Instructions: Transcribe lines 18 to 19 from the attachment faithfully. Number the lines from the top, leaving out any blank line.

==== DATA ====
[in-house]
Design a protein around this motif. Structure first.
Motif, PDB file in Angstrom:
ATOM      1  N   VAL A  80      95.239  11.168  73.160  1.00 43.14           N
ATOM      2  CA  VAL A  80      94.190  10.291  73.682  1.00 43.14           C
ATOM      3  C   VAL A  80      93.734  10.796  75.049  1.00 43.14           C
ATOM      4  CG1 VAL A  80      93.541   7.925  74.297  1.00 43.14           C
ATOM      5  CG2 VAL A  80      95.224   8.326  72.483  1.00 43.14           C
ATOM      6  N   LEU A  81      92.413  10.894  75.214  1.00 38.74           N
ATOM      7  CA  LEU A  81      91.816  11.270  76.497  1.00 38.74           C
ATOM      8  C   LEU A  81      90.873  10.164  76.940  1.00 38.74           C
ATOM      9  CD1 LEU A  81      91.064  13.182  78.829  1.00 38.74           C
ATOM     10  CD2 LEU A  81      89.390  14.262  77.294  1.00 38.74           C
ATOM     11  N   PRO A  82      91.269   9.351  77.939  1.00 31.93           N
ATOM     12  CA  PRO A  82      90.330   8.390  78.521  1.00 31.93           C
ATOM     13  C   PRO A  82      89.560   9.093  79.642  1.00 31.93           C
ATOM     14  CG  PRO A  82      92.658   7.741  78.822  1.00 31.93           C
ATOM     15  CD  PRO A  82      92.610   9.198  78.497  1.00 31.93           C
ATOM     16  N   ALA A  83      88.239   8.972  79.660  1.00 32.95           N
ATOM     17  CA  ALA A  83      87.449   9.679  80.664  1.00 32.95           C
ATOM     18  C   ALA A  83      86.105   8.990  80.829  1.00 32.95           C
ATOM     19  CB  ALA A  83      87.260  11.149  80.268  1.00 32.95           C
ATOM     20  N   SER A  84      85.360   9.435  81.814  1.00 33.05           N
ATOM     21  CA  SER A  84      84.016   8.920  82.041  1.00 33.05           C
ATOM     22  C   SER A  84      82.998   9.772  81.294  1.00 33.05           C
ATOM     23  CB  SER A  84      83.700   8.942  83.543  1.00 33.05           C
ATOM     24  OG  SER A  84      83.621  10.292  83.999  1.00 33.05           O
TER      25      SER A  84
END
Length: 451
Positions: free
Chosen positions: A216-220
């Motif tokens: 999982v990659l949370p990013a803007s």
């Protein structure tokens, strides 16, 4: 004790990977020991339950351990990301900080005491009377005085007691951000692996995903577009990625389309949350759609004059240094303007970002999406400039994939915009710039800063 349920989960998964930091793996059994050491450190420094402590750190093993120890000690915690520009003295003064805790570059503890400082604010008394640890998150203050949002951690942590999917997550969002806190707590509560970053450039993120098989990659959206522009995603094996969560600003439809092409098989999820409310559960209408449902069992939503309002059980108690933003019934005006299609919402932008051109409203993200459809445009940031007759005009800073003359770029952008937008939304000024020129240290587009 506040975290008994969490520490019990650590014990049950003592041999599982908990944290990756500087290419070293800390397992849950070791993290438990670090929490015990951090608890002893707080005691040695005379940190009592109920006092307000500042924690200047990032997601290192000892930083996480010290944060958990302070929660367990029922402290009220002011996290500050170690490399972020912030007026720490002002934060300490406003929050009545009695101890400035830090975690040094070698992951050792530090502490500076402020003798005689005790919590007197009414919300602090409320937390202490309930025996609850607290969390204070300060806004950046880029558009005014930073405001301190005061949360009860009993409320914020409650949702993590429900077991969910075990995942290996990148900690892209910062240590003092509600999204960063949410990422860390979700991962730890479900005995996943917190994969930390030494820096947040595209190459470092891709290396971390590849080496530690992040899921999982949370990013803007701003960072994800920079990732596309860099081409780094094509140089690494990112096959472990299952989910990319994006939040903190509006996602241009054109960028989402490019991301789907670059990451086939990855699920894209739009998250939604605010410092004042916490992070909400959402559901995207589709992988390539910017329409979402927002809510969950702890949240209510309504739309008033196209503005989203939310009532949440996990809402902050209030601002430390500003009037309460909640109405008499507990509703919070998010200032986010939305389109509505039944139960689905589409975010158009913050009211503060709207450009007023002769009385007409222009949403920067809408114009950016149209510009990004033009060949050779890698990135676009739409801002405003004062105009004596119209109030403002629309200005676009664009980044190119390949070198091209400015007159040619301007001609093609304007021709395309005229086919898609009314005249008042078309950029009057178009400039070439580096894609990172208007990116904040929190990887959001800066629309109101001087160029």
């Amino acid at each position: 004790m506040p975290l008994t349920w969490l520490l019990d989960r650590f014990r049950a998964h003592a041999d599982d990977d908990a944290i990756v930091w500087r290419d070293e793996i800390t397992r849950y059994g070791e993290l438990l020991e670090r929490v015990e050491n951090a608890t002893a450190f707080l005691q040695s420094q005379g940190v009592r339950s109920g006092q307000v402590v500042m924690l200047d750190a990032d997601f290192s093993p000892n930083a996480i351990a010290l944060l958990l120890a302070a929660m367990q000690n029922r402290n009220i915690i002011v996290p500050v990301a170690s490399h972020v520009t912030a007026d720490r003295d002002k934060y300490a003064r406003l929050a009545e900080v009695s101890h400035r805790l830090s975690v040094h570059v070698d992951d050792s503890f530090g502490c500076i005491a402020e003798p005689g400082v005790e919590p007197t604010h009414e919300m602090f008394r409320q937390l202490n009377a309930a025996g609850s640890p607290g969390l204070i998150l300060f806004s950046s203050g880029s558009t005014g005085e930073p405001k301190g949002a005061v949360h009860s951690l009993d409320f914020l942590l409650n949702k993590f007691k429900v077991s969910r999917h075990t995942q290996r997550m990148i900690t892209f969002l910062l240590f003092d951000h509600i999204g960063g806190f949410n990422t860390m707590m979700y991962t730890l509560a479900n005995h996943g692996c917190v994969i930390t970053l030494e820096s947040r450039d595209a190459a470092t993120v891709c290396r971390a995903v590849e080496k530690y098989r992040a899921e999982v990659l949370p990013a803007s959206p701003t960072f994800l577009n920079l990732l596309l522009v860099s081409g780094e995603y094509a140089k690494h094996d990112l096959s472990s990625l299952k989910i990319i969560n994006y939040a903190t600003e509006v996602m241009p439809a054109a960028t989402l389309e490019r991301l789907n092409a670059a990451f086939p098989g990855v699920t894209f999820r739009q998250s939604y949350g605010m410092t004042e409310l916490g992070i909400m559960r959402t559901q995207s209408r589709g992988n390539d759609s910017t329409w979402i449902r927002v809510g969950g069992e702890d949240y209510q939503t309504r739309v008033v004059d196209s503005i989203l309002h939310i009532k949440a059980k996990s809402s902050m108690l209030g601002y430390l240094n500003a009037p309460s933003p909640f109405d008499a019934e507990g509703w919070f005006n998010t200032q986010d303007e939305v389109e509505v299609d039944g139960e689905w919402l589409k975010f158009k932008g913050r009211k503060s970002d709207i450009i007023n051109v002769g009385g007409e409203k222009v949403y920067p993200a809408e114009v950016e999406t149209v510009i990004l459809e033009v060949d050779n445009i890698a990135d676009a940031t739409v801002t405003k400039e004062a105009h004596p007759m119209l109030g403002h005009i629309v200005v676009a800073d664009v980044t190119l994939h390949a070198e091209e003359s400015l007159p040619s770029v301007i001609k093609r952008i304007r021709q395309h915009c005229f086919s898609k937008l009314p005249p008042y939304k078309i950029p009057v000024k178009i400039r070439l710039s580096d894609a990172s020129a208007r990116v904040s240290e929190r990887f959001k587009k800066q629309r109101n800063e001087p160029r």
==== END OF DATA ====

ATOM     15  CD  PRO A  82      92.610   9.198  78.497  1.00 31.93           C
ATOM     16  N   ALA A  83      88.239   8.972  79.660  1.00 32.95           N